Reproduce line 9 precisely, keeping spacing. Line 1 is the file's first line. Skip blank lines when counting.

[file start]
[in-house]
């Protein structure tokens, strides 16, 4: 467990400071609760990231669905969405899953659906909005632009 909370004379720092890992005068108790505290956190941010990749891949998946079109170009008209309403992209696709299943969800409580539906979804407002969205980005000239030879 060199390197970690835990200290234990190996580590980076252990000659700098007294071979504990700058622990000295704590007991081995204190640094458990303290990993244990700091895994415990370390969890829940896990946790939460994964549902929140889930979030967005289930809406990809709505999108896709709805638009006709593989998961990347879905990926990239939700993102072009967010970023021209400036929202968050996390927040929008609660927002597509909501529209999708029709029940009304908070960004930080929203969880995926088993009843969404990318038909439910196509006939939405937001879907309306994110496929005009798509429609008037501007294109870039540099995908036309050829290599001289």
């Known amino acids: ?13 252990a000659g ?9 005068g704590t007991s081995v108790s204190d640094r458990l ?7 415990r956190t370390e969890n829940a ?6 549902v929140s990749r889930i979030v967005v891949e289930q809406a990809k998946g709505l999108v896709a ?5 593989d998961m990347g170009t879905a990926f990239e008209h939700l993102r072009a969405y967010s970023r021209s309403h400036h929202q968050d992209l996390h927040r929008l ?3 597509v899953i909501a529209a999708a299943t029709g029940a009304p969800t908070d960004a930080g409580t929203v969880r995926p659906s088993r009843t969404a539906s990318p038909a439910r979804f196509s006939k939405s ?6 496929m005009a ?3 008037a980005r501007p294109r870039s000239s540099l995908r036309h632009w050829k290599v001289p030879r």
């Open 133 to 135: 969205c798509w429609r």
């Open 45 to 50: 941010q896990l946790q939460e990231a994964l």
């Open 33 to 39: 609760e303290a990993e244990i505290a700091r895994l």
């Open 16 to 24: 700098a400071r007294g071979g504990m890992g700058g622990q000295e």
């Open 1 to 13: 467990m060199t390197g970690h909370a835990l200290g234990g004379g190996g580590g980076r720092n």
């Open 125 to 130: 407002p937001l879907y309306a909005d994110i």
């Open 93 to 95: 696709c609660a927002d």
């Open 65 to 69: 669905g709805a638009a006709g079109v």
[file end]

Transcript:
């Open 125 to 130: 407002p937001l879907y309306a909005d994110i």